none
Desktop App file document RRS feed

  • Question

  • I am creating a desktop application in which the user saves the state into an individual file similar to what is done in Microsoft Excel or PowerPoint.  One option is to do this using Binary and XML serialization.  However, I was wondering if the current recommendation is to use SQL CE and entity framework to save the application state.  If the later is the recommendation, then how do I go about creating the database SQL CE file database using code first.  In particular, how do you do this when your allowing plugins via MEF.  How does EF create the file?  I have seen some users use code first in which they create a project that has all the entities in one dBContext to create the initial database file, even though the application may use many dBContext's.  I can see how you do this one time, but how do you do this on the fly many times in order to save the application state into individual files? 
    Monday, May 12, 2014 1:31 AM

Answers

  • A couple of years ago, I had to create an ASP.NET solution that was using n-tier of ASP.NET Web forms. MVP Model View Presenter, WCF Web service layer and with BLL, DAL and EF sitting behind the WCF service.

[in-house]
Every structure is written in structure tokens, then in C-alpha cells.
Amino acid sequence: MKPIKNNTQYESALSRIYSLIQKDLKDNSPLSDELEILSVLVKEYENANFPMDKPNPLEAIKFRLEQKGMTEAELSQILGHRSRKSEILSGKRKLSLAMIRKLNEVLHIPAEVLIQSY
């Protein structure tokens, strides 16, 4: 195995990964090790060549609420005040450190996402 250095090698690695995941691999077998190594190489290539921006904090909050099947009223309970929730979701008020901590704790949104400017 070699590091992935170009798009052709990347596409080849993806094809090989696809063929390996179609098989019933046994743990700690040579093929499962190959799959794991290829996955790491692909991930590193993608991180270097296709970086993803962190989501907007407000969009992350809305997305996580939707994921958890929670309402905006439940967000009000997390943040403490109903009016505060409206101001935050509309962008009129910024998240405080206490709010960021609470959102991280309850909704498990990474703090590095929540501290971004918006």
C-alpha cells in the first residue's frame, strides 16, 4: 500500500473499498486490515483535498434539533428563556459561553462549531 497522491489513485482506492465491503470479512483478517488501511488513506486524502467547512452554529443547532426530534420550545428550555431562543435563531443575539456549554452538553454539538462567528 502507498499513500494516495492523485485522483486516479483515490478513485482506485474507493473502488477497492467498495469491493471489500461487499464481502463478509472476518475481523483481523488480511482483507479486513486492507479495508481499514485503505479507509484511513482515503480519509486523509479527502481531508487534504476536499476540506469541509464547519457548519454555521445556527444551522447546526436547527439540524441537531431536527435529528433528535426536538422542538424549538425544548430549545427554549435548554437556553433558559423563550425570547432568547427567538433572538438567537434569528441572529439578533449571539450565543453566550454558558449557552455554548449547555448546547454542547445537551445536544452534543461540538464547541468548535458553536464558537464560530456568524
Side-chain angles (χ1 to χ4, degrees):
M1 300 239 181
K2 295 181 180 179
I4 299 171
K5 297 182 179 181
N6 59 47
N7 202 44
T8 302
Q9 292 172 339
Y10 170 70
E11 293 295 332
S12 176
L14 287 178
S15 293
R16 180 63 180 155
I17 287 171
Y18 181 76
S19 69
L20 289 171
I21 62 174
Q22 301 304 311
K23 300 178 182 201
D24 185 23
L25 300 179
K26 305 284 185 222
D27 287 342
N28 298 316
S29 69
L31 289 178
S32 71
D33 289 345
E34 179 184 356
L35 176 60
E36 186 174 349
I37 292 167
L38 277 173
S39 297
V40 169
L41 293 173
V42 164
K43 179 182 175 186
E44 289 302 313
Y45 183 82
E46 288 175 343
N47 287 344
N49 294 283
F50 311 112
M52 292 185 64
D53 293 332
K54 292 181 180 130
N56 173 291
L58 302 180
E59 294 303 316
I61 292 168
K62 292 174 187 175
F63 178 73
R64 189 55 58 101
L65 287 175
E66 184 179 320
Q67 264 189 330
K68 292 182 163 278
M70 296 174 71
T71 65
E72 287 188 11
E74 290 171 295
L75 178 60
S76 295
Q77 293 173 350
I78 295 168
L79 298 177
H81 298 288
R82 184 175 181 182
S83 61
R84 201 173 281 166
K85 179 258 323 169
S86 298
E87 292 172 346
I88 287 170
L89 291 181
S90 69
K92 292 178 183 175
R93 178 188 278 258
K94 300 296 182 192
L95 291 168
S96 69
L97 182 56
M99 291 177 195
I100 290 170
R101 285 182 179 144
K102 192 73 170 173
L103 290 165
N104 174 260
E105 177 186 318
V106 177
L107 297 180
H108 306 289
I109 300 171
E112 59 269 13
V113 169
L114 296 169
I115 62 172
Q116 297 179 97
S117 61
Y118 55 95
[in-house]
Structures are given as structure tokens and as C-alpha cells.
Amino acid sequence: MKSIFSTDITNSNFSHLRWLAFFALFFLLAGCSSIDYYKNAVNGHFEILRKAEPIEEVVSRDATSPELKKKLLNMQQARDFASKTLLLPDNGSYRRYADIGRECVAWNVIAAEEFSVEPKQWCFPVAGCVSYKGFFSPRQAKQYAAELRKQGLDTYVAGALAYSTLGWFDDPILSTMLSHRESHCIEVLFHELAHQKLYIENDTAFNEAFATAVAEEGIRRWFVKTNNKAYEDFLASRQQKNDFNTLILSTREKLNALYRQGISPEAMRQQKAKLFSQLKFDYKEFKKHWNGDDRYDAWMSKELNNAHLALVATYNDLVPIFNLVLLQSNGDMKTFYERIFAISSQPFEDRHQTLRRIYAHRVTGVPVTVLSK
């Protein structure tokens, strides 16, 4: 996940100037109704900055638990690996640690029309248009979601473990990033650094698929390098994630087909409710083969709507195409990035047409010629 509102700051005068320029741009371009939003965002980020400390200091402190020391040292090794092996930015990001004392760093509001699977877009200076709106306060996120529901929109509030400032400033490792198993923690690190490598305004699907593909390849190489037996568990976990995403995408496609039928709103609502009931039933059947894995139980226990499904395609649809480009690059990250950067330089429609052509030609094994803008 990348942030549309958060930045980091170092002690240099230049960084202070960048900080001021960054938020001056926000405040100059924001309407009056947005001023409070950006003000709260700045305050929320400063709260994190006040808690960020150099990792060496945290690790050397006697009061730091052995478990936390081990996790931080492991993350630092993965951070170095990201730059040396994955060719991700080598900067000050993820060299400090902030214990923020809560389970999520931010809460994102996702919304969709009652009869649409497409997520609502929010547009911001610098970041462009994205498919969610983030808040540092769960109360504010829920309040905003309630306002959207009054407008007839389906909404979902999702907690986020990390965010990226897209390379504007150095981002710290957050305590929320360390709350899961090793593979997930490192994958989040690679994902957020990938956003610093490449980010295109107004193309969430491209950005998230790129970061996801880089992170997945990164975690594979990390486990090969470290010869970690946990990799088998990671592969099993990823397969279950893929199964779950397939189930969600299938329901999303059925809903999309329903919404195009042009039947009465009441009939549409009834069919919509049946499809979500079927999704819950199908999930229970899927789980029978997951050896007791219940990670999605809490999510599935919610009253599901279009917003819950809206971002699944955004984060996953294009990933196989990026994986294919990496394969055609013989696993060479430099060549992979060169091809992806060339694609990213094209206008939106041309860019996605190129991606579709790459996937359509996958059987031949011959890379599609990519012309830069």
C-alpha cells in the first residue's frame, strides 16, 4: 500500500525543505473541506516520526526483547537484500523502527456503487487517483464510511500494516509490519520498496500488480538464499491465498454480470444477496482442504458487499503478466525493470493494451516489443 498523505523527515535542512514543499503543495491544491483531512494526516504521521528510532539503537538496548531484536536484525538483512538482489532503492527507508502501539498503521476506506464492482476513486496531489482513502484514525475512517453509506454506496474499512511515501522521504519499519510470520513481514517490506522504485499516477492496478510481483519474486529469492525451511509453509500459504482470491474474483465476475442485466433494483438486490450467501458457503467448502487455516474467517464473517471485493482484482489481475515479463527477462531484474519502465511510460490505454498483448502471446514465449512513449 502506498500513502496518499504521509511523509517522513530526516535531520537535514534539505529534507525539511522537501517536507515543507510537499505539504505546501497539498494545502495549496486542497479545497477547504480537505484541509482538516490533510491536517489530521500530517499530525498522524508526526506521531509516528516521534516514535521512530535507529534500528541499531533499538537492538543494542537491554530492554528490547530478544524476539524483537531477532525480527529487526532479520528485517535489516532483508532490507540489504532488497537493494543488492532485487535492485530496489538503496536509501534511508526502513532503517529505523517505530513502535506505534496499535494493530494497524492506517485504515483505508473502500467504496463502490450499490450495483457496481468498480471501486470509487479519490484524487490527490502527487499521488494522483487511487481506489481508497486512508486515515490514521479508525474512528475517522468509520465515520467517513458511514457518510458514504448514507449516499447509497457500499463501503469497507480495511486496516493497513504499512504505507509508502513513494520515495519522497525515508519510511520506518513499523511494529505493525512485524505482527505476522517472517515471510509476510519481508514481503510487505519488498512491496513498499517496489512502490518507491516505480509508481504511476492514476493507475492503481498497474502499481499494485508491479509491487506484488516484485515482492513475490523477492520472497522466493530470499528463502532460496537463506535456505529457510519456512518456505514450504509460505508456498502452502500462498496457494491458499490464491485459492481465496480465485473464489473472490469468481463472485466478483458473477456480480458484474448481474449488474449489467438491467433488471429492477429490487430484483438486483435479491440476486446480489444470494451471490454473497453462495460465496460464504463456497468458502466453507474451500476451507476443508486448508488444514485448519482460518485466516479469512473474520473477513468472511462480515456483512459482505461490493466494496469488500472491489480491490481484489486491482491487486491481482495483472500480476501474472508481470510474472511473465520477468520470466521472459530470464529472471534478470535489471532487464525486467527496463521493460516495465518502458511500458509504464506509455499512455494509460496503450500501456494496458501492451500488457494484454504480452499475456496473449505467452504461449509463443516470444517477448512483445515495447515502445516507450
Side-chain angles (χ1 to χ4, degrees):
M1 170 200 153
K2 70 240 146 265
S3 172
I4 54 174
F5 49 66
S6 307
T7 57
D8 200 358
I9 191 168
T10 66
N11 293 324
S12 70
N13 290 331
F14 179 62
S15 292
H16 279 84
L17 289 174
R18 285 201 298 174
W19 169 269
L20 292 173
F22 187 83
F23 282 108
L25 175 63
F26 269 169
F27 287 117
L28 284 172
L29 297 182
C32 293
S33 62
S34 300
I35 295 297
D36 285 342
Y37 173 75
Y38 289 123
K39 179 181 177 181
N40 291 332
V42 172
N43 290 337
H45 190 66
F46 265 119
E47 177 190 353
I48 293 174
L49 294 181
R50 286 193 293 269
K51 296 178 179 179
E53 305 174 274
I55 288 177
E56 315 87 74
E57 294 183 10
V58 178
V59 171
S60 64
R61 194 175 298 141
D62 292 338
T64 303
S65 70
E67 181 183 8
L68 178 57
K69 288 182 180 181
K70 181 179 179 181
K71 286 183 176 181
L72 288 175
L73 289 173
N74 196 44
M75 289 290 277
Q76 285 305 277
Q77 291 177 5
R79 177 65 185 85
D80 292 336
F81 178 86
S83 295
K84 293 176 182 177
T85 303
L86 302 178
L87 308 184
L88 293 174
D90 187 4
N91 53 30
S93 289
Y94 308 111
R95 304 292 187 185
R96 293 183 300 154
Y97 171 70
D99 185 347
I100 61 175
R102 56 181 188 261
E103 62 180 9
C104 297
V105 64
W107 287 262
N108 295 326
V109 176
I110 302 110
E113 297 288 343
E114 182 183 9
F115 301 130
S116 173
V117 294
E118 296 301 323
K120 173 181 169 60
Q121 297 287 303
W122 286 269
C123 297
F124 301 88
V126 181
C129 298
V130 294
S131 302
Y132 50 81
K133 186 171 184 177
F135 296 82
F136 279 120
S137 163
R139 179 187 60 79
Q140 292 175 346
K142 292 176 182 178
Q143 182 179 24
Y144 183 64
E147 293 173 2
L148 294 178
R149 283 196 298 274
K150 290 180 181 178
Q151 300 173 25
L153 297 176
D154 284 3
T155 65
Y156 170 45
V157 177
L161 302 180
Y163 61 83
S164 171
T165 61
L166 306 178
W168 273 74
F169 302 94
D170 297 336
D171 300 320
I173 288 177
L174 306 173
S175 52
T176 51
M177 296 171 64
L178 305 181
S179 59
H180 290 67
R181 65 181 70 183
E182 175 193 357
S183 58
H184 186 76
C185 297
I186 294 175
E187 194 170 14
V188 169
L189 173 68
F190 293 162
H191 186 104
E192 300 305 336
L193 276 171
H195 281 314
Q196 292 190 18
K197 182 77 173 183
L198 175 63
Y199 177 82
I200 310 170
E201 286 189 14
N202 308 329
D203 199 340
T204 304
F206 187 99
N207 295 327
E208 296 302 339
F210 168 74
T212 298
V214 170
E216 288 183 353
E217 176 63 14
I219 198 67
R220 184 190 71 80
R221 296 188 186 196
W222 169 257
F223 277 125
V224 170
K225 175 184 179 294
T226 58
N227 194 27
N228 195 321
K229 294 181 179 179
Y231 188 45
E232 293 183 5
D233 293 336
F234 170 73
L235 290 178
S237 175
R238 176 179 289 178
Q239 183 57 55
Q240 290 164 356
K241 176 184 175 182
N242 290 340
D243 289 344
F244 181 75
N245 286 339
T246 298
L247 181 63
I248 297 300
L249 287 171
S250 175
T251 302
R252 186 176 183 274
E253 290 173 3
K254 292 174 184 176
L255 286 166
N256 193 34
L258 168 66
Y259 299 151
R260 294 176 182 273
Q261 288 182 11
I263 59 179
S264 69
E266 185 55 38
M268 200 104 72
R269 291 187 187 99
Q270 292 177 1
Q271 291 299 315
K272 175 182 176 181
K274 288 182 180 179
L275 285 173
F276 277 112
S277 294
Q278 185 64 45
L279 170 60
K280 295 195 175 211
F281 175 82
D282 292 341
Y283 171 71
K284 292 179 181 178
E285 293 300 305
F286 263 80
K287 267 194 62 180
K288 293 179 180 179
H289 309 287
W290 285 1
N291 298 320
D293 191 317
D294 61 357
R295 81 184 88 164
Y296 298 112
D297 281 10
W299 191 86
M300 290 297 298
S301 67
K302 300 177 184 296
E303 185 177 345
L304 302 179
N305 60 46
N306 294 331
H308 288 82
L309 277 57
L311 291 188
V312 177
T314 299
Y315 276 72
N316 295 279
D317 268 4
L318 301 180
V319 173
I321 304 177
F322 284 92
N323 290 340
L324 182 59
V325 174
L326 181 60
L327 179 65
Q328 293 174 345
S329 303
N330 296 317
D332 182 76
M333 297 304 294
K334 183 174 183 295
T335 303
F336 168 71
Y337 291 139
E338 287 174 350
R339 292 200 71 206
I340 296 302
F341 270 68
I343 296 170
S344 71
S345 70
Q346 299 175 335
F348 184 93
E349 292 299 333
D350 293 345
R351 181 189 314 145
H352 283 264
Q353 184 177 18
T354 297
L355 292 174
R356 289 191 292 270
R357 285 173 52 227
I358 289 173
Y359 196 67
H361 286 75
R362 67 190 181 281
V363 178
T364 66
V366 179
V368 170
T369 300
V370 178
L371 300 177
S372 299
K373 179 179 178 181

A humungous session DTO session object with many object graphs being held within the object that was being used at the UI being keep in state. It was being kept in state to the point that this huge session object was being persisted to the database by use of XML serialization and sending the object on a async thread to be persisted on page-unloads. So a user on a session time out would not lose any information.

    If the solution timed-out, the user walked from the solution and left the Web page on the screen, the user went to the moon, came back to the workstation and continued working on the page, the session object was retrived from the database using EF, deserilized the object and put it back into session as if no session timeout ever occurred. The user continued their work like nothing ever happened.

    There was one table in the database and on the EF model called ObjSesstionState where multiple versions of a the object per user credentials were kept. The last object saved for the user was pulled out of the table on session timeout,  and the object was put back into session. The state table was pruned every two weeks to get rid of dead user session objects.

    So what you are talking about can be done, but it was using the EF database first approach.

       

    Monday, May 12, 2014 2:10 AM